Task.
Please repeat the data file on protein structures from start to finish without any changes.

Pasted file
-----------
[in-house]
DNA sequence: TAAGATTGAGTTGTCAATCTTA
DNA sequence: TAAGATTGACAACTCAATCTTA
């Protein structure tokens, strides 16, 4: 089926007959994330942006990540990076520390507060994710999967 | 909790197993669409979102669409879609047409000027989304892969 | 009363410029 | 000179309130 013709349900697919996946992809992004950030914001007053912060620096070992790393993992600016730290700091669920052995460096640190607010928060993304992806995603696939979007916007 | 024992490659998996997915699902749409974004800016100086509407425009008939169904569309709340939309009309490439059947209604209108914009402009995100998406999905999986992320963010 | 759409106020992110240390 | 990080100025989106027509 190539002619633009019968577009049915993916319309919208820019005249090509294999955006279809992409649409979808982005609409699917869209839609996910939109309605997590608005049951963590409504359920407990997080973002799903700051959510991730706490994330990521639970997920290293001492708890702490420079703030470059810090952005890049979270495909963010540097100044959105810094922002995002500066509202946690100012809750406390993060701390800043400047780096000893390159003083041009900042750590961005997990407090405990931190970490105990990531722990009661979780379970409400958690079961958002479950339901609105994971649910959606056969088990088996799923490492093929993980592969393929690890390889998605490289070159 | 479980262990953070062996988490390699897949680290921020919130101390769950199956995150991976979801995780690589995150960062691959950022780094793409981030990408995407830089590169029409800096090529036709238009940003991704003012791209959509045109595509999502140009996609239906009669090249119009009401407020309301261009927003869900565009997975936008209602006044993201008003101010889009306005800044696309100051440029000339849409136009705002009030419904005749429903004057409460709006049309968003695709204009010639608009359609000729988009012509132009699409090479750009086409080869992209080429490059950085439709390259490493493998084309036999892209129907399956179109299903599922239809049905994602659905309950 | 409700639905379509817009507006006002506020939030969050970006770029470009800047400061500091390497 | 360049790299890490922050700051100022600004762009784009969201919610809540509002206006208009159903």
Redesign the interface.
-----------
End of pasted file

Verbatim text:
[in-house]
DNA sequence: TAAGATTGAGTTGTCAATCTTA
DNA sequence: TAAGATTGACAACTCAATCTTA
């Protein structure tokens, strides 16, 4: 089926007959994330942006990540990076520390507060994710999967 | 909790197993669409979102669409879609047409000027989304892969 | 009363410029 | 000179309130 013709349900697919996946992809992004950030914001007053912060620096070992790393993992600016730290700091669920052995460096640190607010928060993304992806995603696939979007916007 | 024992490659998996997915699902749409974004800016100086509407425009008939169904569309709340939309009309490439059947209604209108914009402009995100998406999905999986992320963010 | 759409106020992110240390 | 990080100025989106027509 190539002619633009019968577009049915993916319309919208820019005249090509294999955006279809992409649409979808982005609409699917869209839609996910939109309605997590608005049951963590409504359920407990997080973002799903700051959510991730706490994330990521639970997920290293001492708890702490420079703030470059810090952005890049979270495909963010540097100044959105810094922002995002500066509202946690100012809750406390993060701390800043400047780096000893390159003083041009900042750590961005997990407090405990931190970490105990990531722990009661979780379970409400958690079961958002479950339901609105994971649910959606056969088990088996799923490492093929993980592969393929690890390889998605490289070159 | 479980262990953070062996988490390699897949680290921020919130101390769950199956995150991976979801995780690589995150960062691959950022780094793409981030990408995407830089590169029409800096090529036709238009940003991704003012791209959509045109595509999502140009996609239906009669090249119009009401407020309301261009927003869900565009997975936008209602006044993201008003101010889009306005800044696309100051440029000339849409136009705002009030419904005749429903004057409460709006049309968003695709204009010639608009359609000729988009012509132009699409090479750009086409080869992209080429490059950085439709390259490493493998084309036999892209129907399956179109299903599922239809049905994602659905309950 | 409700639905379509817009507006006002506020939030969050970006770029470009800047400061500091390497 | 360049790299890490922050700051100022600004762009784009969201919610809540509002206006208009159903």
Redesign the interface.